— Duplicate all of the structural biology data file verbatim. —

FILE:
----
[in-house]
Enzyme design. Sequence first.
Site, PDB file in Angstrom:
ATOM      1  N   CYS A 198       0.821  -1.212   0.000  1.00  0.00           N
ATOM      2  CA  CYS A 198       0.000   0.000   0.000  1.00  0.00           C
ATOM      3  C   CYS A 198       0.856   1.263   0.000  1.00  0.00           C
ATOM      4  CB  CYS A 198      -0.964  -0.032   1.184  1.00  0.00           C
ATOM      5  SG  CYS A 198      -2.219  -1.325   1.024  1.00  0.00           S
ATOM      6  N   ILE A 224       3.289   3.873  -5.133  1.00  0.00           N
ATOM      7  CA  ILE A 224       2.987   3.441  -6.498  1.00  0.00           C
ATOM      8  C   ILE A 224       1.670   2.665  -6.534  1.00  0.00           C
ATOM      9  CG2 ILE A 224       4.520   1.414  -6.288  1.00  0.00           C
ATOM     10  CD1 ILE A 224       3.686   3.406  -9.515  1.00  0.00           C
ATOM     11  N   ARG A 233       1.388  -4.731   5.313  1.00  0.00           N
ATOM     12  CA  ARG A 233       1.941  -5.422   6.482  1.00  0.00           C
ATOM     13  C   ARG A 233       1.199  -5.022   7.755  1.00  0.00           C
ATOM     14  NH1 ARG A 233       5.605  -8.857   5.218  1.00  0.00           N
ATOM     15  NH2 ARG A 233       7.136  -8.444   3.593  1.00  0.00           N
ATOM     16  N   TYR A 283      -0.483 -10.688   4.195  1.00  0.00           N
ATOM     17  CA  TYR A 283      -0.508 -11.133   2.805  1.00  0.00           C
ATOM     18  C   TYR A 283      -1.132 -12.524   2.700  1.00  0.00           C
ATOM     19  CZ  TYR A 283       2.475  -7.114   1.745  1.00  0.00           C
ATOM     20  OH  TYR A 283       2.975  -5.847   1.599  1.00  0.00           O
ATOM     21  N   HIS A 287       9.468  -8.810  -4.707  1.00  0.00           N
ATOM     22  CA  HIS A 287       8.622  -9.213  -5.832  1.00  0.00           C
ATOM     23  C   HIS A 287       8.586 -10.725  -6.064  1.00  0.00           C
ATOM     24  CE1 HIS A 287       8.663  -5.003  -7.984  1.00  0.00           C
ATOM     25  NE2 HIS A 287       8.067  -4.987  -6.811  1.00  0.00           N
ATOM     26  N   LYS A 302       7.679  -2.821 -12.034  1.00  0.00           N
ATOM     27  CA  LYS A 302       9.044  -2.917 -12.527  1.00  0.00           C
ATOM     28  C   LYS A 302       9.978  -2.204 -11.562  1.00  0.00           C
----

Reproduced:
[in-house]
Enzyme design. Sequence first.
Site, PDB file in Angstrom:
ATOM      1  N   CYS A 198       0.821  -1.212   0.000  1.00  0.00           N
ATOM      2  CA  CYS A 198       0.000   0.000   0.000  1.00  0.00           C
ATOM      3  C   CYS A 198       0.856   1.263   0.000  1.00  0.00           C
ATOM      4  CB  CYS A 198      -0.964  -0.032   1.184  1.00  0.00           C
ATOM      5  SG  CYS A 198      -2.219  -1.325   1.024  1.00  0.00           S
ATOM      6  N   ILE A 224       3.289   3.873  -5.133  1.00  0.00           N
ATOM      7  CA  ILE A 224       2.987   3.441  -6.498  1.00  0.00           C
ATOM      8  C   ILE A 224       1.670   2.665  -6.534  1.00  0.00           C
ATOM      9  CG2 ILE A 224       4.520   1.414  -6.288  1.00  0.00           C
ATOM     10  CD1 ILE A 224       3.686   3.406  -9.515  1.00  0.00           C
ATOM     11  N   ARG A 233       1.388  -4.731   5.313  1.00  0.00           N
ATOM     12  CA  ARG A 233       1.941  -5.422   6.482  1.00  0.00           C
ATOM     13  C   ARG A 233       1.199  -5.022   7.755  1.00  0.00           C
ATOM     14  NH1 ARG A 233       5.605  -8.857   5.218  1.00  0.00           N
ATOM     15  NH2 ARG A 233       7.136  -8.444   3.593  1.00  0.00           N
ATOM     16  N   TYR A 283      -0.483 -10.688   4.195  1.00  0.00           N
ATOM     17  CA  TYR A 283      -0.508 -11.133   2.805  1.00  0.00           C
ATOM     18  C   TYR A 283      -1.132 -12.524   2.700  1.00  0.00           C
ATOM     19  CZ  TYR A 283       2.475  -7.114   1.745  1.00  0.00           C
ATOM     20  OH  TYR A 283       2.975  -5.847   1.599  1.00  0.00           O
ATOM     21  N   HIS A 287       9.468  -8.810  -4.707  1.00  0.00           N
ATOM     22  CA  HIS A 287       8.622  -9.213  -5.832  1.00  0.00           C
ATOM     23  C   HIS A 287       8.586 -10.725  -6.064  1.00  0.00           C
ATOM     24  CE1 HIS A 287       8.663  -5.003  -7.984  1.00  0.00           C
ATOM     25  NE2 HIS A 287       8.067  -4.987  -6.811  1.00  0.00           N
ATOM     26  N   LYS A 302       7.679  -2.821 -12.034  1.00  0.00           N
ATOM     27  CA  LYS A 302       9.044  -2.917 -12.527  1.00  0.00           C
ATOM     28  C   LYS A 302       9.978  -2.204 -11.562  1.00  0.00           C